The Reverend William J. Barber II brought the crowd to its feet with his rousing speech last night at the Democratic National Convention in Philadelphia. His impassioned call for a moral awakening to combat divide-and-conquer politics with justice illustrates the foundation of Moral Mondays, the fusion movement he helped start to bridge America’s racial and economic divide. He writes movingly about how he laid the groundwork for this diverse movement in his book The Third Reconstruction: Moral Mondays, Fusion Politics, and the Rise of a New Justice Movement. This appearance is part of Rev. Barber’s fifteen-state Revival Tour, launched in April to imbue love, mercy, and morality into politics. Here are some of last night’s highlights.
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By S. Craig WatkinsOver the last few days, several people have asked me about the Pokémon Go phenomenon, especially friends who are not likely to play the game but are curious about why so many others have joined the crowd. In my own research, I’m constantly exploring how our engagement with digital media transforms our world. It is important to realize that technology, by itself, is not that significant. It is only when humans, for example, began to adopt and use technology that the social implications and consequences truly take shape. This is equally true with Pokémon Go. As the game has become a cultural sensation, a number of issues have emerged.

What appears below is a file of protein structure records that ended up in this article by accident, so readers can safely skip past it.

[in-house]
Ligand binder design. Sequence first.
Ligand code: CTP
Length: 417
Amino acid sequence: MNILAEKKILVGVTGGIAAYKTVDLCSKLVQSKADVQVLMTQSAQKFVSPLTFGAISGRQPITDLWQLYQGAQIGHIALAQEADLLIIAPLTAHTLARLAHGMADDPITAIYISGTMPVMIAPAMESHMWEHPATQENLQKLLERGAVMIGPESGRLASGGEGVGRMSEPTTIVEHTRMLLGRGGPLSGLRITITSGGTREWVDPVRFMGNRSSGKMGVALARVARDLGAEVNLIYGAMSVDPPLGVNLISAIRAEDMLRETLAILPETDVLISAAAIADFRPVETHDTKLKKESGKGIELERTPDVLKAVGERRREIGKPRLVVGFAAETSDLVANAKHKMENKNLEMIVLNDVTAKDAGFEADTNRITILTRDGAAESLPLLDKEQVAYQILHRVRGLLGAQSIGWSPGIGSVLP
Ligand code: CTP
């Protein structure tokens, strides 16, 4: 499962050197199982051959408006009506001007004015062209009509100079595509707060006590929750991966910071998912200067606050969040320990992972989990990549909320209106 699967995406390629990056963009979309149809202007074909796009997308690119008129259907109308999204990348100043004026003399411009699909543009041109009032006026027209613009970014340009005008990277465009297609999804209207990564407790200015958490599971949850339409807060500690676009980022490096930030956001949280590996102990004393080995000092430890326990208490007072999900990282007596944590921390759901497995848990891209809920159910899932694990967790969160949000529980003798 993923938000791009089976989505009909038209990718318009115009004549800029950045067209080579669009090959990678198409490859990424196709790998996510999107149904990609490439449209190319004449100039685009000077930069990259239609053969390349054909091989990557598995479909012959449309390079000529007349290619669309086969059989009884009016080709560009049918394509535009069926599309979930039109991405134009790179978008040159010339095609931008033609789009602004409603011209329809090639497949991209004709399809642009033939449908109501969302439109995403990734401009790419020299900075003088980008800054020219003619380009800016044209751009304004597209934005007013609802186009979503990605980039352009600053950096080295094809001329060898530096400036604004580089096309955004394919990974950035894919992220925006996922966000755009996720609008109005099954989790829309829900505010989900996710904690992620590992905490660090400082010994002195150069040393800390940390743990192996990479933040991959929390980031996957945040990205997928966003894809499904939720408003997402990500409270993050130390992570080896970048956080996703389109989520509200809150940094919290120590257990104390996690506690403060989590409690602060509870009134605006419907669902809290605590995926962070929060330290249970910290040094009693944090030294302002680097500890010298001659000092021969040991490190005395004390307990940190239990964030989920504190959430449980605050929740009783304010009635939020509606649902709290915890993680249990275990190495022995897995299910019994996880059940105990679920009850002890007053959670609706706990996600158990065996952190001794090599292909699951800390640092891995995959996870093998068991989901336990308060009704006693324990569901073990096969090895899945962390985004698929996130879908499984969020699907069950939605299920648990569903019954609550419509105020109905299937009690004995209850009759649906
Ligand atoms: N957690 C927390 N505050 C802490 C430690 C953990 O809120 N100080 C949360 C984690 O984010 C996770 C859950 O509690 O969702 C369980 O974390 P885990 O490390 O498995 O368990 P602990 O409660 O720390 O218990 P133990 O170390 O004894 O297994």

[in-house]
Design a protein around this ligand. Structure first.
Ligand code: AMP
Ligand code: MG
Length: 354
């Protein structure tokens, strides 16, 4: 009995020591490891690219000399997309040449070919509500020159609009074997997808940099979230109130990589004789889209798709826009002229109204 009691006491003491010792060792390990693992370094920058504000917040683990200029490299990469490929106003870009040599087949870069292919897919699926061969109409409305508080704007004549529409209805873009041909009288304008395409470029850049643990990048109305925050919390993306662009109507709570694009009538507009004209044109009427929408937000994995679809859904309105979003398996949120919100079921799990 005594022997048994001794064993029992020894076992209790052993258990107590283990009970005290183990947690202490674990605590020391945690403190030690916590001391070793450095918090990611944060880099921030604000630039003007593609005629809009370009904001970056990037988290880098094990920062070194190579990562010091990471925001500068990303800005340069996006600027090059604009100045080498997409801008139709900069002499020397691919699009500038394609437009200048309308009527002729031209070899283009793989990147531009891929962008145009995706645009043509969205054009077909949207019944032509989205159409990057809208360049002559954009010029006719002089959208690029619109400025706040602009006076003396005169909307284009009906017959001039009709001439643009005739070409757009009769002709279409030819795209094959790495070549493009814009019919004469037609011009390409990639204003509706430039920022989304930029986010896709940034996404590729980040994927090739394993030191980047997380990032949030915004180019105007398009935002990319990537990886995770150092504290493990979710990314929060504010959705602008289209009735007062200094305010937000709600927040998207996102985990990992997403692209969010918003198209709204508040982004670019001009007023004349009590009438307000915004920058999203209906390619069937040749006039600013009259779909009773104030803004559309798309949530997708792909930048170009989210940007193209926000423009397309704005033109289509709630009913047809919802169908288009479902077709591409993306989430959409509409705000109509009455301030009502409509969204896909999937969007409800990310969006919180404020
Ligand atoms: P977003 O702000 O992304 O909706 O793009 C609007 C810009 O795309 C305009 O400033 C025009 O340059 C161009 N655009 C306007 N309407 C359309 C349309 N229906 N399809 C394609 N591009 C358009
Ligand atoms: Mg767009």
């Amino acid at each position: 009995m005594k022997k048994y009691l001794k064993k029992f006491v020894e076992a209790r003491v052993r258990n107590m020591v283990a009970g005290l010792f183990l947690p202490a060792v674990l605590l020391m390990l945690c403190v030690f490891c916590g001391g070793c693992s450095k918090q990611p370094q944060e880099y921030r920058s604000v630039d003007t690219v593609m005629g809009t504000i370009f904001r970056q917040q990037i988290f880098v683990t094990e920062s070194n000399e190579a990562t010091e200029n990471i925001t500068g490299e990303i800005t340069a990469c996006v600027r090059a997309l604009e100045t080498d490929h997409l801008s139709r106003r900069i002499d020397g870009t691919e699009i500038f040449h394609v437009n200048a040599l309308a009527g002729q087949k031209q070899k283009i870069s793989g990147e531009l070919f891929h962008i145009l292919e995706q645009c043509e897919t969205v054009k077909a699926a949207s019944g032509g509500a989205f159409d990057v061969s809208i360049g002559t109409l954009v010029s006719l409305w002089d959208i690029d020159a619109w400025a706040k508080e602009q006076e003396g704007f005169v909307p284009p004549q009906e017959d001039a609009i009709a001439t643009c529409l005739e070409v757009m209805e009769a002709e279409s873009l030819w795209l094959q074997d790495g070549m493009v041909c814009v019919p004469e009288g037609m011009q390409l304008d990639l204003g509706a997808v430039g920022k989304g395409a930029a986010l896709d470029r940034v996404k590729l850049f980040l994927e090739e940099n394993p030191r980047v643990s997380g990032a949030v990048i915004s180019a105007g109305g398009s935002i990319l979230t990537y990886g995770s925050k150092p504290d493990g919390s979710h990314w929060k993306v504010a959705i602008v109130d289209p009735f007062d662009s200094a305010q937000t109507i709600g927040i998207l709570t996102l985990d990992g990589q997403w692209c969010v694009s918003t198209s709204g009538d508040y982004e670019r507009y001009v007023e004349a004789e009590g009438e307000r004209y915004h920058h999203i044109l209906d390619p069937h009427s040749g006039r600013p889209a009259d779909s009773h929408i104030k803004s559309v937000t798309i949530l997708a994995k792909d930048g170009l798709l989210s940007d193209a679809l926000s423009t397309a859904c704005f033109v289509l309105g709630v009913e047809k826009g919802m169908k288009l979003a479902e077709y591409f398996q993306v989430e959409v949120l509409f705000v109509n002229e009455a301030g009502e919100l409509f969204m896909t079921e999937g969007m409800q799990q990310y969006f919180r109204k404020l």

By Mary Frances Berry and Josh GottheimerIt’s fair to say that no one could have expected what resulted from Barack Obama’s prime-time speech at the July 2004 Democratic National Convention. Not the Senate candidate himself nor his two key aides and traveling companions, David Axelrod and Robert Gibbs, nor Mary Beth Cahill, the campaign manager for John Kerry, the Democratic nominee for president. No one could have imagined how that seventeen-minute speech would catapult Obama into stardom and onto the national political stage and eventually into the White House itself. After all, no one had even heard of Barack Obama before he took the podium. On the morning of the speech, the Philadelphia Inquirer headlined, “Who the Heck Is This Guy?”
A Q&A with Dennis A. HeniganCertainly the horror of the December 2012 Sandy Hook Elementary School shooting, in which twenty first graders and six adults were struck down, has been a key turning point in the national gun debate. The loss of those innocent young children shocked the conscience of the nation. Prior to Sandy Hook, the conventional wisdom in the Democratic Party was that advocacy of gun control was simply not worth the political risk, although this thinking was based on an exaggeration of the NRA’s actual influence over election results.
A Q&A with Atef Abu SaifI have to say that I did not write a diary to publish. I had a habit of writing sort of personal narratives now and then, to use in writing my fiction and to keep for future memoirs. I was shocked with the dialogue that took place between me and my friends (day one) at the time that the strikes started. What shocked me is our search for a meaning of what happens. All our life is a search for meaning. This search is much harder in a very uncertain context like the one in Gaza. I wrote down this dialogue while the sounds of explosions and attacks negated my wish that this was just another escalation.